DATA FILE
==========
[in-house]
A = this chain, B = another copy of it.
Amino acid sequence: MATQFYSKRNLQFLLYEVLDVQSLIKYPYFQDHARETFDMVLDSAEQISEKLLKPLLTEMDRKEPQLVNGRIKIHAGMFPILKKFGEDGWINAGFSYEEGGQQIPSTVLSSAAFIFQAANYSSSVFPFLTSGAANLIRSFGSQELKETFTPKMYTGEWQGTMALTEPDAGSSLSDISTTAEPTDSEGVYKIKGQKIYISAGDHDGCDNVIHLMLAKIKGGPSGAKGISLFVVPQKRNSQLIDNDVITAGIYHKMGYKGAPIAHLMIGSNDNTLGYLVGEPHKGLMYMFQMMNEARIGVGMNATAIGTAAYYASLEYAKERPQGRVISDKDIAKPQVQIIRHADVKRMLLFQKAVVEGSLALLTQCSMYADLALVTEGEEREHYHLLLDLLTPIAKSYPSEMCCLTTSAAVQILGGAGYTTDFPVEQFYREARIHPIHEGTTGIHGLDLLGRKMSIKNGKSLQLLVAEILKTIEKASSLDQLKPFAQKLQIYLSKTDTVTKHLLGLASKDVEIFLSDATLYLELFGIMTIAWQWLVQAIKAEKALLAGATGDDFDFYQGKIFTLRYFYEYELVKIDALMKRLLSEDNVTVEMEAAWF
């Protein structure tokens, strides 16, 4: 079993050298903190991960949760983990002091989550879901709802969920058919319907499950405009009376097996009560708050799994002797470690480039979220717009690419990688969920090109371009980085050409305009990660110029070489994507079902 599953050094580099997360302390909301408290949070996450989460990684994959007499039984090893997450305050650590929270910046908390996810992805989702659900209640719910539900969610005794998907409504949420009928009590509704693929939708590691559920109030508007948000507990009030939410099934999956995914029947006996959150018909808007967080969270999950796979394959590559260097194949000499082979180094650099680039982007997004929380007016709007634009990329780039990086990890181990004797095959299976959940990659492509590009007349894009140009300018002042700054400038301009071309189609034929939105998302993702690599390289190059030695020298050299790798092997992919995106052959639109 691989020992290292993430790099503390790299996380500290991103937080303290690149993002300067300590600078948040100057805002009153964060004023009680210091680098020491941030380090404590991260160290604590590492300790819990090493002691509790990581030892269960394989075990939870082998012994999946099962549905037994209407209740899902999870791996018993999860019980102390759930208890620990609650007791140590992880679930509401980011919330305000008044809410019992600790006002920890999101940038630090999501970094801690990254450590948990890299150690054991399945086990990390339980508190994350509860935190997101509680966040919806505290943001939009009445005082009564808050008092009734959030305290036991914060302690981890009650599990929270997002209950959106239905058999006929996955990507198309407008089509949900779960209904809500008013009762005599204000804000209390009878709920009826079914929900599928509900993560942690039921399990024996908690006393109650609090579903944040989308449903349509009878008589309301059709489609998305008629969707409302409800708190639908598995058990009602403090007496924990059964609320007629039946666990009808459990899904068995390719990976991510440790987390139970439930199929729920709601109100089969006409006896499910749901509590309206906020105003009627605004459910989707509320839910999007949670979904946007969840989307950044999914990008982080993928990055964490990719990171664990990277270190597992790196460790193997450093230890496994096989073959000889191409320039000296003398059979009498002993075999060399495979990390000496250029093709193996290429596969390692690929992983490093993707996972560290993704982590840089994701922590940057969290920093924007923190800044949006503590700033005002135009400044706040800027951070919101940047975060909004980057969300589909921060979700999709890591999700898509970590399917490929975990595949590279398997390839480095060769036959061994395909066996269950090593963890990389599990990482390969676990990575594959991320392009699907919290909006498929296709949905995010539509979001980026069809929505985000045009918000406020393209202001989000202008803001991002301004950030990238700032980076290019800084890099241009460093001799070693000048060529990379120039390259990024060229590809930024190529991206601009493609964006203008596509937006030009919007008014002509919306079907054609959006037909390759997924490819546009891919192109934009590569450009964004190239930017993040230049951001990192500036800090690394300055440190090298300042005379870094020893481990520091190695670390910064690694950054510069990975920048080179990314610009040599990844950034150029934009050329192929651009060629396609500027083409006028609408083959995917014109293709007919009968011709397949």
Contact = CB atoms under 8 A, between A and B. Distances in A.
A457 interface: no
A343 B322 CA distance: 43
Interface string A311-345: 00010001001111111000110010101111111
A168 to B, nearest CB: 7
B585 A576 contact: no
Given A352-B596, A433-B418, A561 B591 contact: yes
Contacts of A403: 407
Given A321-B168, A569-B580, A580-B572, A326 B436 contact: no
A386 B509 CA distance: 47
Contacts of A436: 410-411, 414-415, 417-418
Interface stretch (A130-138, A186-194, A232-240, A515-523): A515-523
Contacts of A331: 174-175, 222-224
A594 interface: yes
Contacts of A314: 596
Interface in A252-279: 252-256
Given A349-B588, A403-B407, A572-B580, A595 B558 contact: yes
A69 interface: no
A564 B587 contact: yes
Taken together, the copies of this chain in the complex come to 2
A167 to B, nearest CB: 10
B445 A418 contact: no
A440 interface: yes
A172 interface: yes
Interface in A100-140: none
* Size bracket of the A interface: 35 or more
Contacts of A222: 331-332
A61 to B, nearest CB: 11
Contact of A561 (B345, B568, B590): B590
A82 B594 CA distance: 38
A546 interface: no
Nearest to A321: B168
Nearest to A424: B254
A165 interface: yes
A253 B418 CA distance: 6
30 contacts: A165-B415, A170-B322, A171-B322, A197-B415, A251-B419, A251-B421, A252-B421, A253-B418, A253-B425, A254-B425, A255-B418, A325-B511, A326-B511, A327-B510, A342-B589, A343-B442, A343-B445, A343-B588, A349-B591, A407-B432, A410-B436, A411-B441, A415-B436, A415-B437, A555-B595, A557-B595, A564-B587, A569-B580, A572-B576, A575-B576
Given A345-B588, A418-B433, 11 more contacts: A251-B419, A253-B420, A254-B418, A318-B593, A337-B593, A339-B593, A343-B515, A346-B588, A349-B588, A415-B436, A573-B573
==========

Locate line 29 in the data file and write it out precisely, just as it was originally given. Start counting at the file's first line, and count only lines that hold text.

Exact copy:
Interface in A100-140: none